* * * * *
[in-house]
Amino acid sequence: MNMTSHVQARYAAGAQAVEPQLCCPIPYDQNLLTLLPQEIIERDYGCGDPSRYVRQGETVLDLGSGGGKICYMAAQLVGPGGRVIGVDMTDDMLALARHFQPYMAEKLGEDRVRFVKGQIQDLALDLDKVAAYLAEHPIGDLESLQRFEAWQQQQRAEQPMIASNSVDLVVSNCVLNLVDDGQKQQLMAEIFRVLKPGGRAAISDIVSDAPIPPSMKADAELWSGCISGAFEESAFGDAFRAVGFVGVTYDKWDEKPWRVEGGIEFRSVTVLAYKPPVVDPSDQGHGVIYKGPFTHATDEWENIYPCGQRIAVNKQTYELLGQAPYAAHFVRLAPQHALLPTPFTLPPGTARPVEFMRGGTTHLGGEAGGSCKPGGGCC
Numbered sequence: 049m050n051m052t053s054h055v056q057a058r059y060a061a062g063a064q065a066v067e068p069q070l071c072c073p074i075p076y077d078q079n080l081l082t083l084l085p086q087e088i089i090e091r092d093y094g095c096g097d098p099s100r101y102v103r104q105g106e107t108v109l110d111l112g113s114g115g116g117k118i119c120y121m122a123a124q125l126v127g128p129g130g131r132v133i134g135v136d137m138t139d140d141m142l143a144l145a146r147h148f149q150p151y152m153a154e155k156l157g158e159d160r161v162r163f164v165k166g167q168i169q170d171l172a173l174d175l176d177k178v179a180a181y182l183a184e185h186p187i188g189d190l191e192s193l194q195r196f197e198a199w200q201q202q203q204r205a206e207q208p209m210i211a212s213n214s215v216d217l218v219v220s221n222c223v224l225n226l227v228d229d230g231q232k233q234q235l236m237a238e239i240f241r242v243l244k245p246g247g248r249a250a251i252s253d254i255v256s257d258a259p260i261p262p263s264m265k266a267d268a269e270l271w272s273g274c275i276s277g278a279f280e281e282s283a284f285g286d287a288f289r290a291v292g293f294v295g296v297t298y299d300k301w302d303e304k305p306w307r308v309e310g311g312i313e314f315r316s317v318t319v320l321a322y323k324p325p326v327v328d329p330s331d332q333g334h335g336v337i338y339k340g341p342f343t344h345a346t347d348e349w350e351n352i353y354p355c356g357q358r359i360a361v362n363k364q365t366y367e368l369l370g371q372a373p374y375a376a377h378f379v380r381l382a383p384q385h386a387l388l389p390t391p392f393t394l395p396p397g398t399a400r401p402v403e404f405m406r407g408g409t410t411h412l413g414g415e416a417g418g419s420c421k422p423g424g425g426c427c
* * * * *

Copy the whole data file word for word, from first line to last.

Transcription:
[in-house]
Amino acid sequence: MNMTSHVQARYAAGAQAVEPQLCCPIPYDQNLLTLLPQEIIERDYGCGDPSRYVRQGETVLDLGSGGGKICYMAAQLVGPGGRVIGVDMTDDMLALARHFQPYMAEKLGEDRVRFVKGQIQDLALDLDKVAAYLAEHPIGDLESLQRFEAWQQQQRAEQPMIASNSVDLVVSNCVLNLVDDGQKQQLMAEIFRVLKPGGRAAISDIVSDAPIPPSMKADAELWSGCISGAFEESAFGDAFRAVGFVGVTYDKWDEKPWRVEGGIEFRSVTVLAYKPPVVDPSDQGHGVIYKGPFTHATDEWENIYPCGQRIAVNKQTYELLGQAPYAAHFVRLAPQHALLPTPFTLPPGTARPVEFMRGGTTHLGGEAGGSCKPGGGCC
Numbered sequence: 049m050n051m052t053s054h055v056q057a058r059y060a061a062g063a064q065a066v067e068p069q070l071c072c073p074i075p076y077d078q079n080l081l082t083l084l085p086q087e088i089i090e091r092d093y094g095c096g097d098p099s100r101y102v103r104q105g106e107t108v109l110d111l112g113s114g115g116g117k118i119c120y121m122a123a124q125l126v127g128p129g130g131r132v133i134g135v136d137m138t139d140d141m142l143a144l145a146r147h148f149q150p151y152m153a154e155k156l157g158e159d160r161v162r163f164v165k166g167q168i169q170d171l172a173l174d175l176d177k178v179a180a181y182l183a184e185h186p187i188g189d190l191e192s193l194q195r196f197e198a199w200q201q202q203q204r205a206e207q208p209m210i211a212s213n214s215v216d217l218v219v220s221n222c223v224l225n226l227v228d229d230g231q232k233q234q235l236m237a238e239i240f241r242v243l244k245p246g247g248r249a250a251i252s253d254i255v256s257d258a259p260i261p262p263s264m265k266a267d268a269e270l271w272s273g274c275i276s277g278a279f280e281e282s283a284f285g286d287a288f289r290a291v292g293f294v295g296v297t298y299d300k301w302d303e304k305p306w307r308v309e310g311g312i313e314f315r316s317v318t319v320l321a322y323k324p325p326v327v328d329p330s331d332q333g334h335g336v337i338y339k340g341p342f343t344h345a346t347d348e349w350e351n352i353y354p355c356g357q358r359i360a361v362n363k364q365t366y367e368l369l370g371q372a373p374y375a376a377h378f379v380r381l382a383p384q385h386a387l388l389p390t391p392f393t394l395p396p397g398t399a400r401p402v403e404f405m406r407g408g409t410t411h412l413g414g415e416a417g418g419s420c421k422p423g424g425g426c427c